Skip to Main Content

UMBC Atmospheric Scientists Use New Instrumentation

To Study Cloud and Aerosols in Exploratory NASA Aircraft Campaigns

The science teams and ER-2 pilot staff for the ACEPOL campaign, huddled in front of the NASA ER-2 aircraft. (Image: ACEPOL Science Team)

Aerosol-cloud interaction continues to puzzle climate scientists. It is among the most significant contributors to our climate but least understood. Aerosol-cloud processes are poorly represented in climate models and measurement requires high accuracy, narrow resolution, and cooperation between different instruments.

Several studies converge on the idea that a multi-angle imaging polarimeter, with high accuracy and narrow spatial and angular resolution, is the strongest candidate to sample cloud and aerosol properties at the level required for climate study. The Hyper-Angular Rainbow Polarimeter (HARP) is a wide field-of-view camera, designed and developed by J. Vanderlei Martins and the Laboratory for Aerosol and Cloud Optics (LACO) Group at UMBC to fill this role.

Over the past year, AirHARP, the HARP instrument adapted for aircraft, flew on two NASA research campaigns: the Lake Michigan Ozone Study (LMOS) and the Aerosol Characterization from Polarimeter and LIDAR (ACEPOL). The LMOS campaign was a joint NASA-NOAA-EPA effort to explore the connection between lake breezes and high ozone exceedance levels on the eastern coastline of Wisconsin in the summer months. AirHARP took data on many B-200 flights alongside the NASA Langley Research Center (LaRC) GeoTASO instrument, a trace gas experiment that measures ozone pre-cursors, such as NO2, through the entire atmospheric column. Brent McBride, a Ph.D candidate in Martins’ group, operated AirHARP on-board the B-200 and led field operations on the ground throughout the campaign, while LACO group members engaged remotely from UMBC. While AirHARP does not have trace gas sensitivity, measurements of convective clouds and low aerosol levels over eastern Wisconsin will be compared to co-incident observations made by AERONET sun photometer sites and the Advanced Baseline Imager (ABI) on the GOES-R geosynchronous satellite.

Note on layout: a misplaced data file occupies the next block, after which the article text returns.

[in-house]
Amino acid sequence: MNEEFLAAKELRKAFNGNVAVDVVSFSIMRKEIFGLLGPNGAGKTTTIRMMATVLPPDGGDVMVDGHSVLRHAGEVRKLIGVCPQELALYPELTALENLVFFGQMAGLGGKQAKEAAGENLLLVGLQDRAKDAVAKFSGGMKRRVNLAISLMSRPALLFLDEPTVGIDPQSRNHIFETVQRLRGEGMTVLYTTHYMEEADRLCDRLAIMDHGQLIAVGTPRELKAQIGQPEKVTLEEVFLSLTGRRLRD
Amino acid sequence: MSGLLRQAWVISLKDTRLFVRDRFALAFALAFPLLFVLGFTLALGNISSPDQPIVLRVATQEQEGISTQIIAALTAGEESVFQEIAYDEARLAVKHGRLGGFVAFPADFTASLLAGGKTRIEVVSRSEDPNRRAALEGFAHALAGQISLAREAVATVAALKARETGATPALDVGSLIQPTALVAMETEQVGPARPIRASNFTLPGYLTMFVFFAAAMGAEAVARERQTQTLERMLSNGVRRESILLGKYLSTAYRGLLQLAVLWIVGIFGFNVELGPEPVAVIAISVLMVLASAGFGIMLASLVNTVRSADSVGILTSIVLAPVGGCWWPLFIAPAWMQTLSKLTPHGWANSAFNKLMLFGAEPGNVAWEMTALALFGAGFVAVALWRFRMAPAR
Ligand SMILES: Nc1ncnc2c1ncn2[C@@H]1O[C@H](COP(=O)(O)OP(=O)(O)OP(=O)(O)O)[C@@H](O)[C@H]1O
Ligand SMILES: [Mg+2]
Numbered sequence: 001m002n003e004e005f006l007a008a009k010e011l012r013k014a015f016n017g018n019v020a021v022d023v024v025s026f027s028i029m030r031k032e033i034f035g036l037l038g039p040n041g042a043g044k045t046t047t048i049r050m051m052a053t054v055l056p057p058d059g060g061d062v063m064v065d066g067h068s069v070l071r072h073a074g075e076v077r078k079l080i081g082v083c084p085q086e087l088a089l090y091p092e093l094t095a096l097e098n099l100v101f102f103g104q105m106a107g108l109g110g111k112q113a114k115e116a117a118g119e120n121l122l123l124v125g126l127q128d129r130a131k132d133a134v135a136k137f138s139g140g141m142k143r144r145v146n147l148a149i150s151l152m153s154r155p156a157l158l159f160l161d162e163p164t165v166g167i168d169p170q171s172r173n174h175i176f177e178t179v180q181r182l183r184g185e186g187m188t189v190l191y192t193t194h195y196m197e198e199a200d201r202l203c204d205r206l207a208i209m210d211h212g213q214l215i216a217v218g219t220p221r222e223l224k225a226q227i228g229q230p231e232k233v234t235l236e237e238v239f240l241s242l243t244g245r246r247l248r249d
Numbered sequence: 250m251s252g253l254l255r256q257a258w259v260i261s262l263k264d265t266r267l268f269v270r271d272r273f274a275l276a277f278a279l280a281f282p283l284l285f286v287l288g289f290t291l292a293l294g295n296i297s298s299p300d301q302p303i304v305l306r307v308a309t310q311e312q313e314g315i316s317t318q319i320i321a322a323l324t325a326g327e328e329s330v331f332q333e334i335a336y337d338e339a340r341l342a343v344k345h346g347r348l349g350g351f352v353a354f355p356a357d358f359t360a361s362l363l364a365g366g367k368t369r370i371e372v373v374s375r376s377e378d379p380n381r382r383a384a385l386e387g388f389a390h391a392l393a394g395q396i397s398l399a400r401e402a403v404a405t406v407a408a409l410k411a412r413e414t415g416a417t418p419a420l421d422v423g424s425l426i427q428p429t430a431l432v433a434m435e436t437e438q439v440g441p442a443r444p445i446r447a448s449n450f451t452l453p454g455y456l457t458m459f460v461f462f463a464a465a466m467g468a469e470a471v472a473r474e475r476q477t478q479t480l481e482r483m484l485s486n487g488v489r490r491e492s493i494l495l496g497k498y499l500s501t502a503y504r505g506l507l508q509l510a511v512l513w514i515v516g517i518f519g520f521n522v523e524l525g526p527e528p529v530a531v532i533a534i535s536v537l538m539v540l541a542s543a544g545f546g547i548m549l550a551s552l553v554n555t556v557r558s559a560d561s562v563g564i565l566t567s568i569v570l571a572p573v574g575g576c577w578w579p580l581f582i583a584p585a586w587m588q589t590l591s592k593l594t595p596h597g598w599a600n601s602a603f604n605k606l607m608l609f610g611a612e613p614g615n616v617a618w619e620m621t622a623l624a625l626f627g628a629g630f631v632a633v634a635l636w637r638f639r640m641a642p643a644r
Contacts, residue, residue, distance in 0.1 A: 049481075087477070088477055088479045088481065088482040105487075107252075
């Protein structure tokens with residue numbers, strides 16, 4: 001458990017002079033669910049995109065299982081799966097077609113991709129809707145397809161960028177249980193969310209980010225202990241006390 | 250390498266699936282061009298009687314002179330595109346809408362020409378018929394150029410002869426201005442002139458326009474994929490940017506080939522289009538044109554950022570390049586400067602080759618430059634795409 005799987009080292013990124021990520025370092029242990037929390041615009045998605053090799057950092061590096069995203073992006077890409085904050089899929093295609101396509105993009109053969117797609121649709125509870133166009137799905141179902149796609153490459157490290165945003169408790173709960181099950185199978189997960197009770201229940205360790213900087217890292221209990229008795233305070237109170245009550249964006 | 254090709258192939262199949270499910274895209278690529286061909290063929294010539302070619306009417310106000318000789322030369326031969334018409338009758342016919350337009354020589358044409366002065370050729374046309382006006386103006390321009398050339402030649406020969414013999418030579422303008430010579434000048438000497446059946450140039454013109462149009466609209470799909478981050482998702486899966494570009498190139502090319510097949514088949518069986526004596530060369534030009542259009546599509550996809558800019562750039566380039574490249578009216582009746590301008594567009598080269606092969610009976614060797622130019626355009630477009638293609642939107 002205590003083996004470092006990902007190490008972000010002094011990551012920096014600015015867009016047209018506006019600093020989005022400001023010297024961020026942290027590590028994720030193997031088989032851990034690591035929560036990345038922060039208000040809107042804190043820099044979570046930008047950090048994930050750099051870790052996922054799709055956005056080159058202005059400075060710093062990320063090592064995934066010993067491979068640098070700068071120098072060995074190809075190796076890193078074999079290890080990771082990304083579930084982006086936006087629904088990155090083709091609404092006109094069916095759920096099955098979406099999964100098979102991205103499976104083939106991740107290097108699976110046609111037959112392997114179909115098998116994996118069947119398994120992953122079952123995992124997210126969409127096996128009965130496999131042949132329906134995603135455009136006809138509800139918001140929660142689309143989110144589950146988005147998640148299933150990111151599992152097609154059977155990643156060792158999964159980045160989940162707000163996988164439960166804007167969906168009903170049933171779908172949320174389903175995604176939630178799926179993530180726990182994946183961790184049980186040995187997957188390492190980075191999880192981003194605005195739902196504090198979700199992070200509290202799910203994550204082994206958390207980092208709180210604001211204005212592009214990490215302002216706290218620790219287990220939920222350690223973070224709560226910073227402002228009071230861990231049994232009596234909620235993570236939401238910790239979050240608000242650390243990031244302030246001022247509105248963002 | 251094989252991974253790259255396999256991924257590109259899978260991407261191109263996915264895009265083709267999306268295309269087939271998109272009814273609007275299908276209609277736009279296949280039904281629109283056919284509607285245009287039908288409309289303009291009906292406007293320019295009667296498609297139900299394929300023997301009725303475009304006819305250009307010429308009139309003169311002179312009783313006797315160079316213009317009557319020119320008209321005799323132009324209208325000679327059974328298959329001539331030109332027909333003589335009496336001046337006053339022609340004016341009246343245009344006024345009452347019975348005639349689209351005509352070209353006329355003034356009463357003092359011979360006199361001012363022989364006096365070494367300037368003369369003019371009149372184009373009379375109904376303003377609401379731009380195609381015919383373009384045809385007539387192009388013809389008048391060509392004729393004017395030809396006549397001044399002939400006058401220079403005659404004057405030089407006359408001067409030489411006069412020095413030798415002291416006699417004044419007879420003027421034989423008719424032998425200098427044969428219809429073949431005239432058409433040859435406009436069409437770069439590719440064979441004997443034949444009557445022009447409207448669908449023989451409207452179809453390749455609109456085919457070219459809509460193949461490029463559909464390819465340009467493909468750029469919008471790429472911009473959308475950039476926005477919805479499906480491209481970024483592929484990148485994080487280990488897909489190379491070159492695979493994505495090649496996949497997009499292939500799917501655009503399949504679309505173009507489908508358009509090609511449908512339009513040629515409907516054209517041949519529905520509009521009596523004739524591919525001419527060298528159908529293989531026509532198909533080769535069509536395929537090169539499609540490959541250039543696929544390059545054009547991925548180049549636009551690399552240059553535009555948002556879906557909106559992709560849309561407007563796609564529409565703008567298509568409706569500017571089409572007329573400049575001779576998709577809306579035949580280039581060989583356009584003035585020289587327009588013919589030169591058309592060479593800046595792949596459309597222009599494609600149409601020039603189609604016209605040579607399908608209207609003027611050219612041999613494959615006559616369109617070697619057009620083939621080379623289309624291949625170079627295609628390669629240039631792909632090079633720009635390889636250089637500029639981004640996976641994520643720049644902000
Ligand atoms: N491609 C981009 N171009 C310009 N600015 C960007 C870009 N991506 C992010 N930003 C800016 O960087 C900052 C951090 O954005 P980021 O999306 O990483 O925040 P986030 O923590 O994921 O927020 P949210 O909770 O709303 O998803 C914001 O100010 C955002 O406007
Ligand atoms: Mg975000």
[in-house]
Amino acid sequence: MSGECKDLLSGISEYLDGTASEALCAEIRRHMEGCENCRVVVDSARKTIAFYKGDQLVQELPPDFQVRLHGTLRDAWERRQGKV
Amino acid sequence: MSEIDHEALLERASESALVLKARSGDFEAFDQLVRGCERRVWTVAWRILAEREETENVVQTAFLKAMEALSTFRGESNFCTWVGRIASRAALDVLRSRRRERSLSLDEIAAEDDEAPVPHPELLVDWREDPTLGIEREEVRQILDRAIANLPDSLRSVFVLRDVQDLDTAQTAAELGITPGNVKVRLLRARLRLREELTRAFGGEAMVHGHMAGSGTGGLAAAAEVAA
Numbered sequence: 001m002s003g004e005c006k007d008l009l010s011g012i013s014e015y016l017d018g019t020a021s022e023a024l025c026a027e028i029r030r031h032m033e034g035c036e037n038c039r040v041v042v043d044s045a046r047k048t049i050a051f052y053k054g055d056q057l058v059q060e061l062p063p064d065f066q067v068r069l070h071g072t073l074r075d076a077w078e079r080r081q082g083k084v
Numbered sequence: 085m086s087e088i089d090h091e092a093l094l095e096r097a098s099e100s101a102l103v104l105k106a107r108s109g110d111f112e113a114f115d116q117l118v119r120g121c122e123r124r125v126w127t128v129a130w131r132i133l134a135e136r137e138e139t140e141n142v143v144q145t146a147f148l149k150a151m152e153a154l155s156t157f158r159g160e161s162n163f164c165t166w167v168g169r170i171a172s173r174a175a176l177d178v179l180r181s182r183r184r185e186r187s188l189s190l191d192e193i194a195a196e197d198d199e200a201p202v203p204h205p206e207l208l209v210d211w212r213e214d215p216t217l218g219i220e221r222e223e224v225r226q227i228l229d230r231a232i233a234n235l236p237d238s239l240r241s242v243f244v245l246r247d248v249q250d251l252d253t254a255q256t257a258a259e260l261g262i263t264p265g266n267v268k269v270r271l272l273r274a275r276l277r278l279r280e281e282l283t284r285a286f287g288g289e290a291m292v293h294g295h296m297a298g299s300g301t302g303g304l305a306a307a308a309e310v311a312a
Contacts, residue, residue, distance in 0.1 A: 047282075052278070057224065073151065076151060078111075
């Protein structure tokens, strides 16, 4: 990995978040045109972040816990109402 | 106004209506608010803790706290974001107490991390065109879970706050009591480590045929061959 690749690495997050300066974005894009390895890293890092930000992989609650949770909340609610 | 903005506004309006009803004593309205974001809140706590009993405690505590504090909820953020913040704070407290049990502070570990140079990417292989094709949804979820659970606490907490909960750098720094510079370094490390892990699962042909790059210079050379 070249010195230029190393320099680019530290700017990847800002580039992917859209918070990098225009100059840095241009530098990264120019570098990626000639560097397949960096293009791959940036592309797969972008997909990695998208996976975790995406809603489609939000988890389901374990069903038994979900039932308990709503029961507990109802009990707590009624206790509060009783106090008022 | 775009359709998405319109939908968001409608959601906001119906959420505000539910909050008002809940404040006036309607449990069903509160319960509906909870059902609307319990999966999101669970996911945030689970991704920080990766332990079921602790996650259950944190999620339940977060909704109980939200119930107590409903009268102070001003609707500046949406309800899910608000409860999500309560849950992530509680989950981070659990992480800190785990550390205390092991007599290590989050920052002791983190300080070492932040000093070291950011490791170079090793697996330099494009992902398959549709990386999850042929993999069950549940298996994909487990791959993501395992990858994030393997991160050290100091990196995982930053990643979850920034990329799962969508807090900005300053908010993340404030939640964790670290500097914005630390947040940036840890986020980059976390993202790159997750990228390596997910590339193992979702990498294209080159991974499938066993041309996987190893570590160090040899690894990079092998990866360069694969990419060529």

Read more:   UMBC Atmospheric Scientists Use New Instrumentation

UMBC Physicists Discover Unexpected Effect of African

Wildfires on Climate

African Fires Effect Climate

Clouds play a prominent role in moderating Earth’s climate, but their role is still poorly understood. Generally, clouds cool the Earth by reflecting incoming sunlight back out into space. Reducing the clouds’ reflectivity—with a layer of pollution, for example—reduces the cooling effect. However, new research in Proceedings of the National Academy of Sciences by Zhibo Zhang, associate professor of atmospheric physics at UMBC, two of his students, and collaborators from University of Wyoming, University of Science and Technology of China, Universities Space Research Association, and University of Michigan adds another level of complexity to this model.

Every fall, fires race across central and southern Africa. Many are wildfires; others are intentionally set by humans to clear farmland. They create so much smoke that it’s clearly visible from space. Wind sweeps the smoke westward over the Atlantic Ocean, where it rises above the largest semi-permanent gathering of clouds in the world. For years, scientists believed that overall, the smoke diminishes the clouds’ cooling effect by absorbing light that the clouds beneath otherwise would reflect. The new study by Zhang and colleagues doesn’t dispute the existence of this effect, but introduces a new mechanism that counteracts it by making the clouds more reflective.